The difference is that a child of two cannot possibly understand much about how "leave me the fuck alone" and "leave me alone" are different. Their reasoning ability is just not very advanced. At that age, if they say "leave me the fuck alone," they are saying it because that's what they hear other people say, rather than because they are just that much more frustrated about not being left alone.

In my opinion, that is why it sounds worse coming from a small child. It's not a reflection on the child at all, but rather the environment the child is in.
Actually, swearing words HAVE uses in our language. Just look up any linguistics book touching that matter. I pointed out two reasons, for example to show when you are really angry or really want to emphasis something you wish to say.

To say "leave me the fuck alone" is far more powerful and gets the message through quicker than "leave me alone". Don't you think there is a semantic difference between the two?

It is also noticeable how swearing words in ALL cultures are all related to taboo subjects. In the case of Westerners, religion and certain more "private" body parts as well as sex in general.

In other countries, such as France, they use a combination of body parts and animals. One of their milder forms is "la vache!" which means "the cow!". If someone said that in other European countries they would raise their eyebrows and really wonder what is going on.

In Italy, it is favorable to connect people to bad relatives along with sexual references, similar to "son of a bitch" in English.
I agree. Swearing in itself is not bad. I've never understood why it's such a big deal and why it makes so many people uncomfortable. They're just words.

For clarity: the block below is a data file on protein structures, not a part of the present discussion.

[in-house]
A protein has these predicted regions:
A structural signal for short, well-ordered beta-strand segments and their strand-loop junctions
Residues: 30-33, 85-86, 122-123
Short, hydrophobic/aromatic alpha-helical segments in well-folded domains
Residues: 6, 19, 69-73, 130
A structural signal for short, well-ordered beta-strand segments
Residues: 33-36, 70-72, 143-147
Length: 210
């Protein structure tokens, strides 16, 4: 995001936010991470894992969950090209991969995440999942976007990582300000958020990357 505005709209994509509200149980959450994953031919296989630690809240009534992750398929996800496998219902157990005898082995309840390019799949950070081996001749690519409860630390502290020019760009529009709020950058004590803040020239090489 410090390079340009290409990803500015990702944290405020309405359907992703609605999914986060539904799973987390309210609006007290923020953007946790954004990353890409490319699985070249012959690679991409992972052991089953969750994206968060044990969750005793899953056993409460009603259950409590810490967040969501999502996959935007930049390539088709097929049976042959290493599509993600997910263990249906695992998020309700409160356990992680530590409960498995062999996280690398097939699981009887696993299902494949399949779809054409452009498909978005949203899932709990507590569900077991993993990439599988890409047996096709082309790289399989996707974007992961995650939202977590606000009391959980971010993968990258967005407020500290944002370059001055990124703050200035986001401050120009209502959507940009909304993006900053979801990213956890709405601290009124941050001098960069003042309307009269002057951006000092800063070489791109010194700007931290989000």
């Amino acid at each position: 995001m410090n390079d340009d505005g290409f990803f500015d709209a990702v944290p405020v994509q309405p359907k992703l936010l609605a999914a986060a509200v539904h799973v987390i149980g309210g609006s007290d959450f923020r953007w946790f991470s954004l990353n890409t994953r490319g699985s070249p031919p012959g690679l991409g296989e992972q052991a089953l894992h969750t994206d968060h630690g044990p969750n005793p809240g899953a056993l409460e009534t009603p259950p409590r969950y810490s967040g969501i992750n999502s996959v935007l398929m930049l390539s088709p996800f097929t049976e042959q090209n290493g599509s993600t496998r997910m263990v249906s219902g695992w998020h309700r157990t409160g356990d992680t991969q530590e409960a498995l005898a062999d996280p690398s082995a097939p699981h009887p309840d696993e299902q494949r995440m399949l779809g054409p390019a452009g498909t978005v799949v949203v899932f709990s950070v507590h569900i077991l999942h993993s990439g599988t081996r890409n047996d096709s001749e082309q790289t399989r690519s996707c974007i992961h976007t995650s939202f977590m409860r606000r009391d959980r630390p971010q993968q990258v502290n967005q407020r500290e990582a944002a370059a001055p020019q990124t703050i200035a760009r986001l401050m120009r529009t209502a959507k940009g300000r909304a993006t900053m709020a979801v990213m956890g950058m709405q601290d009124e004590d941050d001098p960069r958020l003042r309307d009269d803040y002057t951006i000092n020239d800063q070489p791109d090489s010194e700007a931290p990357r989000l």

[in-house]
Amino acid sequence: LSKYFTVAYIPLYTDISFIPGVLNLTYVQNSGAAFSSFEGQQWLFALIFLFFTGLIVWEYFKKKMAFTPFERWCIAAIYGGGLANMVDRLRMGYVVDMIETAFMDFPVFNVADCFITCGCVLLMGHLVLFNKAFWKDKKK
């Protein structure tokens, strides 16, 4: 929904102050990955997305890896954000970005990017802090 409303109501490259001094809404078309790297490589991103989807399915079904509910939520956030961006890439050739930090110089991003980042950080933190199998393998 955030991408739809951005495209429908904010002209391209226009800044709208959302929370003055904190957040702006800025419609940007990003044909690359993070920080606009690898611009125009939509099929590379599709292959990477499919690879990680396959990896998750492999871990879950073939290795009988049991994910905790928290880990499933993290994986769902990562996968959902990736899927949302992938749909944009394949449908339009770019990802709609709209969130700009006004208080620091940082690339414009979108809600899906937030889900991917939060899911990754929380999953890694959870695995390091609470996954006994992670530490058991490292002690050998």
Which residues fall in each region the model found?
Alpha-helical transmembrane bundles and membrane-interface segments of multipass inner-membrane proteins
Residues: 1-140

Edit: Then again, I am not and do not plan on being a parent. Perhaps it isn't pleasant to hear one's young child curse. Either way, I think how uptight America is about "bad language" is just another sign of how prudish we are as a culture.
I agree with a lot of what you said. Profane words are just words. Still though, we can't get away from the fact that they do have meaning. I also agree that hiding, skirting questions and demonizing words is a sure fire way to ensure that children will be tantalized by them. As a parent I try not to approach anything that way with my kids. However, I don't think it's as much about innocence as you think. My child at 5 wouldn't be less innocent if he used the word fuck. He'd have zero idea what the word means except that it seemed like a funny thing to say. And how do you explain the word fuck to a 5 year old? Profanity from a child really isn't a pretty thing to hear. I also think it's unnecessary and a sloppy way of communicating most of the time.
"I also agree that hiding, skirting questions and demonizing words is a sure fire way to ensure that children will be tantalized by them."

Exactly. Anything that's taboo or that a child (or even adult) is told not to do only makes it more likely to happen. Just like underage drinking--my parents always told me not to do it, and were strictly against it. I ended up having my first drink at 15, and I'm one of the oldest in my group of friends. However, my friends and I were/are responsible in that we stay where we are once we start drinking.

Er...didn't mean to derail the topic. But it's along the same lines. Tell someone not to do something, and they're bound to try it.
Kevin Smith, in one of his university Q&A's talked about how he and his wife using profanity freely around their daughter has actually made her want to use it less because she sees it as a "grown up" thing to do since she hears them using it but none of her friends. I thought that was an interesting observation, but it makes sense when you start to think about it.
I hadn't heard this. Are you serious? They're banning swearing?

A few words spring to mind.